The following morning the royal favour was completely withdrawn, and it was not until he had conferred with the disconsolate drummers in the rest-house that Tarvin learned that Sitabhai had been indulging one of her queenly rages. On this he transferred himself and his abundant capacity for interesting men off-hand to Colonel Nolan, and made that weary white-haired man laugh as he had not laughed since he had been a subaltern over an account of the King’s revolver practice. Tarvin shared his luncheon, and discovered from him in the course of the afternoon the true policy of the Government of India in regard to the State of Gokral Seetarun. The Government hoped to elevate it; but as the Maharajah would not pay for the means of civilisation, the progress was slow. Colonel Nolan’s account of the internal policy of the palace, given with official caution, was absolutely different from the missionary’s, which again differed entirely from the profane account of the men in the rest-house.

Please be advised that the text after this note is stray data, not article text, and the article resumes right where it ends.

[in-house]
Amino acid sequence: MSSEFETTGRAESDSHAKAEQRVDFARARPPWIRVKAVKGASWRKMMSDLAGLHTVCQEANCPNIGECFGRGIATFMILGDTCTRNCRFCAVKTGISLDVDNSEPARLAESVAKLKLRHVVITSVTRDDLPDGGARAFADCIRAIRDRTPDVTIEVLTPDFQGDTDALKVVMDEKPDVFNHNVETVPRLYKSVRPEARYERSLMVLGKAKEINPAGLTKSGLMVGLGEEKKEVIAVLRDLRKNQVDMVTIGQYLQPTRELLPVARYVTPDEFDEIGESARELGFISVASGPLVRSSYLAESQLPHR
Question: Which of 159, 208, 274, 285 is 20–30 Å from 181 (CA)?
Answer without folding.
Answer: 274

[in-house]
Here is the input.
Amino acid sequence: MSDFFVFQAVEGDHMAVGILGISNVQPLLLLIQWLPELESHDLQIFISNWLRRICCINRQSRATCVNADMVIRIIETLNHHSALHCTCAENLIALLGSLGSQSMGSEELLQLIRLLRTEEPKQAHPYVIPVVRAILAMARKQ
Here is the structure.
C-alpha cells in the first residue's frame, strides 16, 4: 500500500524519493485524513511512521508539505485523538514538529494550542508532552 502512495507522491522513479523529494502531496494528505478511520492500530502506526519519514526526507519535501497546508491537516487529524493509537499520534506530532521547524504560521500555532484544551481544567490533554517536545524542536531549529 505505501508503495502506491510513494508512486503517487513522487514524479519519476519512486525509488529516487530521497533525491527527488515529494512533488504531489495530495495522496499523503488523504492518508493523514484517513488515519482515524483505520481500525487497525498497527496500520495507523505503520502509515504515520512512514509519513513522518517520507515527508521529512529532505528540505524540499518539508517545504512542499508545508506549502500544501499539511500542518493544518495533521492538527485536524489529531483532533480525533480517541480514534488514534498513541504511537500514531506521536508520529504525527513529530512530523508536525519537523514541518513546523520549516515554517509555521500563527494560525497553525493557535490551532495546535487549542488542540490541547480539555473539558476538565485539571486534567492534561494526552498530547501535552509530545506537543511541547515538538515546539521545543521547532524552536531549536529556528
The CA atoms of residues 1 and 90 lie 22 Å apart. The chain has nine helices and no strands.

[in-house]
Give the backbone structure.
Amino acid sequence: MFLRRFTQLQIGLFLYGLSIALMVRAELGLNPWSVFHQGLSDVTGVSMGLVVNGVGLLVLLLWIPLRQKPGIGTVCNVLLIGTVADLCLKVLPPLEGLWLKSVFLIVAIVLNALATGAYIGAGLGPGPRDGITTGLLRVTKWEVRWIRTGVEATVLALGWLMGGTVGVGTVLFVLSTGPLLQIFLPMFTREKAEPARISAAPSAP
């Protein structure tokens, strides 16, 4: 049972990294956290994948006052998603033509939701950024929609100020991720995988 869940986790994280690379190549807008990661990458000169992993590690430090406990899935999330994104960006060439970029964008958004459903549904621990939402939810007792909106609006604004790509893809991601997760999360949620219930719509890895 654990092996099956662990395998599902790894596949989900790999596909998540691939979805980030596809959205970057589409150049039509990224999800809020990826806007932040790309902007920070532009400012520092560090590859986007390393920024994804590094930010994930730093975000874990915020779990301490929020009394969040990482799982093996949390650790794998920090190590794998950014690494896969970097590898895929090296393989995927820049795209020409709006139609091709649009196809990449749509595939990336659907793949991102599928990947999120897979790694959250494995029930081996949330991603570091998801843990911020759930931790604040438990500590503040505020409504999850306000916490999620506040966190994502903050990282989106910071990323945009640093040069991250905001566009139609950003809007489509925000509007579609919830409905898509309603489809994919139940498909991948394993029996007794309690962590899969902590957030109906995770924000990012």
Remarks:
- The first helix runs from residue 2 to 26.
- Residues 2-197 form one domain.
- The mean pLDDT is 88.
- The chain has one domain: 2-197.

At twilight the Maharajah pursued Tarvin with a mounted messenger, for the favour of the royal countenance was restored, and he required the presence of the tall man who clipped coins in the air, told tales, and played pachisi. There was more than pachisi upon the board that night, and his Majesty the King grew pathetic, and confided to Tarvin a long and particular account of his own and the State’s embarrassments, which presented everything in a fourth new light. He concluded with an incoherent appeal to the President of the United States, on whose illimitable powers and farreaching authority Tarvin dwelt, with a patriotism extended for the moment to embrace the nation to which Topaz belonged. For many reasons he did not conceive that this was an auspicious time to open negotiations for the transfer of the Naulahka. The Maharajah would have given away half his kingdom, and appealed to the Resident in the morning.